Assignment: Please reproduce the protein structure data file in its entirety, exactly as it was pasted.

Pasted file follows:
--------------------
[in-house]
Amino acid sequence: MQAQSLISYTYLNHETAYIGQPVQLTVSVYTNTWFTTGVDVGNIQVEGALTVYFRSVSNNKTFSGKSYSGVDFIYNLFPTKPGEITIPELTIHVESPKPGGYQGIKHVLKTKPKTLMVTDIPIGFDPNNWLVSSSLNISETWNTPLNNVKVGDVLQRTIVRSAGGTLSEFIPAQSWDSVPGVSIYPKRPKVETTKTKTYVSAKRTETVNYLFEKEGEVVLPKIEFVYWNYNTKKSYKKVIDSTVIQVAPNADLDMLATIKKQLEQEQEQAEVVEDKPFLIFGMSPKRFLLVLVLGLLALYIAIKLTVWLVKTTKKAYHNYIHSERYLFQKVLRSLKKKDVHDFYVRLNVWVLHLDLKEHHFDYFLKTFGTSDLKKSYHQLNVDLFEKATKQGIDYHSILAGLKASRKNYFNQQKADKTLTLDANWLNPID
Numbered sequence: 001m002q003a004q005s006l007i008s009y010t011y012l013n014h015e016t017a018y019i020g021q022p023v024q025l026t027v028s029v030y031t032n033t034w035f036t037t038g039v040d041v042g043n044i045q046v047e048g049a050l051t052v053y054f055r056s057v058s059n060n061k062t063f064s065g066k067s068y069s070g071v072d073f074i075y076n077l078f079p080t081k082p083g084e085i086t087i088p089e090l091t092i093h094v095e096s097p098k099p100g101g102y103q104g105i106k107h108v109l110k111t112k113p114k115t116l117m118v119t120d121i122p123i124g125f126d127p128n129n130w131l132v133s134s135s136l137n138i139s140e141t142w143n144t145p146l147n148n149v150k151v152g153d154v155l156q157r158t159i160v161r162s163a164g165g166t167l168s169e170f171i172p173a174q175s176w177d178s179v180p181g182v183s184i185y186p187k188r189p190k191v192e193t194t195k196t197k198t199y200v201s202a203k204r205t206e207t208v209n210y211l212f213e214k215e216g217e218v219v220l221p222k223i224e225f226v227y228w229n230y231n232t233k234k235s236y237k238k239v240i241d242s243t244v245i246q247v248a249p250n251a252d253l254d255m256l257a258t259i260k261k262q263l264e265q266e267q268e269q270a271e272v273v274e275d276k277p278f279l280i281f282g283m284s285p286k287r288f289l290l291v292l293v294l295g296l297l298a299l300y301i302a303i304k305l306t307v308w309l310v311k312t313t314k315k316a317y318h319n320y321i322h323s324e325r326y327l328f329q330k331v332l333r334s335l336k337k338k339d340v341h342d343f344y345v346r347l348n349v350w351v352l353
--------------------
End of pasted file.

[in-house]
Amino acid sequence: MQAQSLISYTYLNHETAYIGQPVQLTVSVYTNTWFTTGVDVGNIQVEGALTVYFRSVSNNKTFSGKSYSGVDFIYNLFPTKPGEITIPELTIHVESPKPGGYQGIKHVLKTKPKTLMVTDIPIGFDPNNWLVSSSLNISETWNTPLNNVKVGDVLQRTIVRSAGGTLSEFIPAQSWDSVPGVSIYPKRPKVETTKTKTYVSAKRTETVNYLFEKEGEVVLPKIEFVYWNYNTKKSYKKVIDSTVIQVAPNADLDMLATIKKQLEQEQEQAEVVEDKPFLIFGMSPKRFLLVLVLGLLALYIAIKLTVWLVKTTKKAYHNYIHSERYLFQKVLRSLKKKDVHDFYVRLNVWVLHLDLKEHHFDYFLKTFGTSDLKKSYHQLNVDLFEKATKQGIDYHSILAGLKASRKNYFNQQKADKTLTLDANWLNPID
Numbered sequence: 001m002q003a004q005s006l007i008s009y010t011y012l013n014h015e016t017a018y019i020g021q022p023v024q025l026t027v028s029v030y031t032n033t034w035f036t037t038g039v040d041v042g043n044i045q046v047e048g049a050l051t052v053y054f055r056s057v058s059n060n061k062t063f064s065g066k067s068y069s070g071v072d073f074i075y076n077l078f079p080t081k082p083g084e085i086t087i088p089e090l091t092i093h094v095e096s097p098k099p100g101g102y103q104g105i106k107h108v109l110k111t112k113p114k115t116l117m118v119t120d121i122p123i124g125f126d127p128n129n130w131l132v133s134s135s136l137n138i139s140e141t142w143n144t145p146l147n148n149v150k151v152g153d154v155l156q157r158t159i160v161r162s163a164g165g166t167l168s169e170f171i172p173a174q175s176w177d178s179v180p181g182v183s184i185y186p187k188r189p190k191v192e193t194t195k196t197k198t199y200v201s202a203k204r205t206e207t208v209n210y211l212f213e214k215e216g217e218v219v220l221p222k223i224e225f226v227y228w229n230y231n232t233k234k235s236y237k238k239v240i241d242s243t244v245i246q247v248a249p250n251a252d253l254d255m256l257a258t259i260k261k262q263l264e265q266e267q268e269q270a271e272v273v274e275d276k277p278f279l280i281f282g283m284s285p286k287r288f289l290l291v292l293v294l295g296l297l298a299l300y301i302a303i304k305l306t307v308w309l310v311k312t313t314k315k316a317y318h319n320y321i322h323s324e325r326y327l328f329q330k331v332l333r334s335l336k337k338k339d340v341h342d343f344y345v346r347l348n349v350w351v352l353